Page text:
The things infatuation makes you do! Talking of infatuation, it might be instructive at this point to digress a little and examine this interesting emotion. As I see, infatuation comes in 3 forms – with items, with people (often belonging to the opposite gender) and with concepts and ideas. I have experienced all three of them on multiple occasions. The symptoms are more or less the same for all three forms. When infatuation takes hold, everything else gets subordinated to the sole objective of possession of the object of infatuation. One feels as if the mind is on fire and experiences intense mood swings. There is euphoria when one is near to the object of infatuation, like when I used to sit and gloat over my shining cards. Then there would be moments of intense despair and despondency when one feels the object of infatuation going away from you like when after all efforts I see someone having a rare card I want but I am not able to make him part with it. The phases of infatuation can also lead to other repercussions as during these phases, one tends to lose interest in all other activities in life

I seem to have already clocked well over a thousand words without even starting on how my infatuation got transferred from the cricket cards to the cricket game. But then nostalgia is like old wine. It has to be sipped and savored, not gulped down in one shot of bottoms up. So I will continue in another post, a guest post for one of my best friends on blog-o-sphere, DS, a passionate cricket fan not too unlike my friends I mentioned earlier in this post.

Picture Credits: http://blogs.studentsarea.com/what-is-cricket/

21 comments:

indu chhibber said...

That was very interesting TF.It took me back to my own passion.You wouldn't know about it.When i was in school i used to collect glitzy colorful foils in mesmerizing hues & designs.Each design would be available in various shades & i went mad collecting all of them.Like you said,purchasing took all the fun out of it-barter was the only way!

The Fool said...

Thanks, Indu. Interesting hobby. I was hoping these nostalgic childhood posts of mine will trigger the nostalgic memories from the readers' childhoods. Good to see it worked in your case.

DS said...

This is a beautiful read! Made me remember my days, till recently I used to collect newspaper cuttings of cricket players. I still have 5 big books containing pictures from newspapers. I have every article on the terror attack that was made on the Sri Lankan team in Pakistan.
And I have a huge collection of stones collected from river beds!
Waiting for the continuating part/s on my blog.

The Fool said...

Thanks, DS. Initially I thought I would give this post as guest post. But reference to cricket was less. So I thought I would post the next one on your blog as that will relate to core cricketing stuff.

umashankar said...

That was a bizarrely associative passion for cricket! In fact, I found it so gripping I never knew when I'd gulped "well over a thousand words"! I'd happly follow you to DS's blog for the next installment.

The Fool said...

Thanks umashankar. Glad you found it gripping. Seeing no comments for 4 hours since I published post, I feared I had written badly.

Ashwini C N said...

"nostalgia is like old wine. It has to be sipped and savored, not gulped down in one shot of bottoms up"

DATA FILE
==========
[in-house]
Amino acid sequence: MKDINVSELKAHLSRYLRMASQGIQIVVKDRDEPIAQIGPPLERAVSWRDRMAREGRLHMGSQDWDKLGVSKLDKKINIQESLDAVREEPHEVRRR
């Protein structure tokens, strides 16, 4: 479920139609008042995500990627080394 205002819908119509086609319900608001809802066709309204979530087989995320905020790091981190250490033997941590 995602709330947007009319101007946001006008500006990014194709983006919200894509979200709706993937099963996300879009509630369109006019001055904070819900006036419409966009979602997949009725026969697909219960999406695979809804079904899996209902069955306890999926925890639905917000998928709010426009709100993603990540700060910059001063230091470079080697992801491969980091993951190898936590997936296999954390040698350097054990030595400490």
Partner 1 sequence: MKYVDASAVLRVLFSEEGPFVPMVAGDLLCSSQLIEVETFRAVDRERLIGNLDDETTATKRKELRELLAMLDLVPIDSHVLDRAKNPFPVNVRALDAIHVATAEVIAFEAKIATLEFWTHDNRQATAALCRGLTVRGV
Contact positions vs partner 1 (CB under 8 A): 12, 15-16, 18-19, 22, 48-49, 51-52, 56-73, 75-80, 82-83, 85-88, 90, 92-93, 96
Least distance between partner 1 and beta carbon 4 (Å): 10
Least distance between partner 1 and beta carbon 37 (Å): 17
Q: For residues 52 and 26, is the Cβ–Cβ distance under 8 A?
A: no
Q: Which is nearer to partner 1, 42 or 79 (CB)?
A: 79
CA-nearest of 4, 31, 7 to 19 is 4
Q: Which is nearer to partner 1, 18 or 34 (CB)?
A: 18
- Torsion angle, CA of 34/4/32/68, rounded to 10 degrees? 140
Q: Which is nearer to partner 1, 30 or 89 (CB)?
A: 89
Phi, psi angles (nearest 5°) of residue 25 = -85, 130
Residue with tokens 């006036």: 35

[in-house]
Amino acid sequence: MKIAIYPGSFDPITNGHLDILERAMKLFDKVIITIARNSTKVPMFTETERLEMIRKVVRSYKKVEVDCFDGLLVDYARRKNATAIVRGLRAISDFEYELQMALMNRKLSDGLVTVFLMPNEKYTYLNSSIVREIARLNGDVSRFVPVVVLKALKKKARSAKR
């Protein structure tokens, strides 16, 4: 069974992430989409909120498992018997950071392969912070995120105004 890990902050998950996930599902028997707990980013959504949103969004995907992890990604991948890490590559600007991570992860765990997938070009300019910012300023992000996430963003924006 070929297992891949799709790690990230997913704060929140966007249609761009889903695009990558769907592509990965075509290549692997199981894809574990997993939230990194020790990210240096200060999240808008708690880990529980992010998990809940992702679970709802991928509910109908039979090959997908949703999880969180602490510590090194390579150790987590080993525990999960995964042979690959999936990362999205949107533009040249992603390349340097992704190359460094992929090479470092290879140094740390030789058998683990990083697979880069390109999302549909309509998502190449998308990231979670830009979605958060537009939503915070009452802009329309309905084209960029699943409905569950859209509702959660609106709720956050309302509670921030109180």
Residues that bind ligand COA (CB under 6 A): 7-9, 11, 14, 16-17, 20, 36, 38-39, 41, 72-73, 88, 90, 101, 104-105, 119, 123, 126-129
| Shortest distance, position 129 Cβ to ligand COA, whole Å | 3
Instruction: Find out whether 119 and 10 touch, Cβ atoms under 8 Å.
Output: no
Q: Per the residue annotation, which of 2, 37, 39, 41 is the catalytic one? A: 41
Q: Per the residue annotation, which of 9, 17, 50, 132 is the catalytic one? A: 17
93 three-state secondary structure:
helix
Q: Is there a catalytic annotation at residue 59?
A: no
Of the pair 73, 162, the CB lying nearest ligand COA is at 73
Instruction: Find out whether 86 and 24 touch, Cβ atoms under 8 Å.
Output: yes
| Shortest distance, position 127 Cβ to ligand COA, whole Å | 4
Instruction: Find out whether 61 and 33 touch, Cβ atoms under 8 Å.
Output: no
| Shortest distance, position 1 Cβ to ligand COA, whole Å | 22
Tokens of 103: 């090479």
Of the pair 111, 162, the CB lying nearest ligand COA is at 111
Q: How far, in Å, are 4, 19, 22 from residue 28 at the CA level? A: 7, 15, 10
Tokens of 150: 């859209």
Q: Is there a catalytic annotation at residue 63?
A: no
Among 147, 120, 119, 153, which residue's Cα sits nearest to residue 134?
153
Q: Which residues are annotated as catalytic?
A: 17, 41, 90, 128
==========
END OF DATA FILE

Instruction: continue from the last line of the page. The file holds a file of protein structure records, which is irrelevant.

Loved this line. I was able to relate to a lot of thoughts on this.

Nice to know about how your encounter with cricket started. That too considering that you weren't all that smitten by cricket from the beginning. I liked the way you have narrated, The words and thoughts just kept flowing and until you had mentioned about the word count, I never thought I'd read so much.

Nice one. Looking forward to the next part of this post :-)

Pratik Mohapatra said...

nice feel good article.. made me remember my younger days of school.. :)

Rickie said...

Hah...and you had to stop midway and leave us all hanging!
Waiting for the next part :)

The Fool said...

Thanks Ashwini. Please do check the continuation to this post.

The Fool said...

Thanks Pratik, I did hope the readers would be reminded of their own younger days.

C. Suresh said...

This post too is like old wine, TF! To be sipped and savored! Do not leave too long a gap for savoring before the next sip from DS' blog :)

The Fool said...

Thanks Rickie. If I had continued people would have just skipped the post seeing the size at the first glance. Next part to come up soon.

The Fool said...

Yes, CS. Next parts expected for many of the nostalgic posts. So that gives me lot of options to right now without depending on contests and prompts to inspire my writing.

Arti said...

Beautiful and a very interesting read as always TF. I love the subtle humor that you fill your posts with, it never fails to leave me with a smile. :) Will surely keep a track of this story. Please post it soon.

The Fool said...

Thanks a lot, Arti.

KayEm said...

Enjoyed this post, TF, very entertaining. Would love to read about your foray into actual cricket.

The Fool said...

Thanks KayEm. Good to see you at my blog after such a long time. Next past would be up as a guest post on DS blog in a day or two.

Vivek sharma said...

I have a marketing project on my childhood candy brand and reached this blog looking of big fun bubble gum. Very nicely written

Vivek sharma said...

I am working on candy brands and was looking information on big fun bubble gum , I use to collect cricketers cards in irder to get Sachin's Man size poster and I did managed to get the poster for room. Its very nicely written. Please let me know in case anyone knows why Big Fun Bubble gum vanished from the market.

The Fool said...

Thanks Vivek. I never wondered why Big Fun disappeared from the market. Actually I do not even know what are the bubble gums in market these days.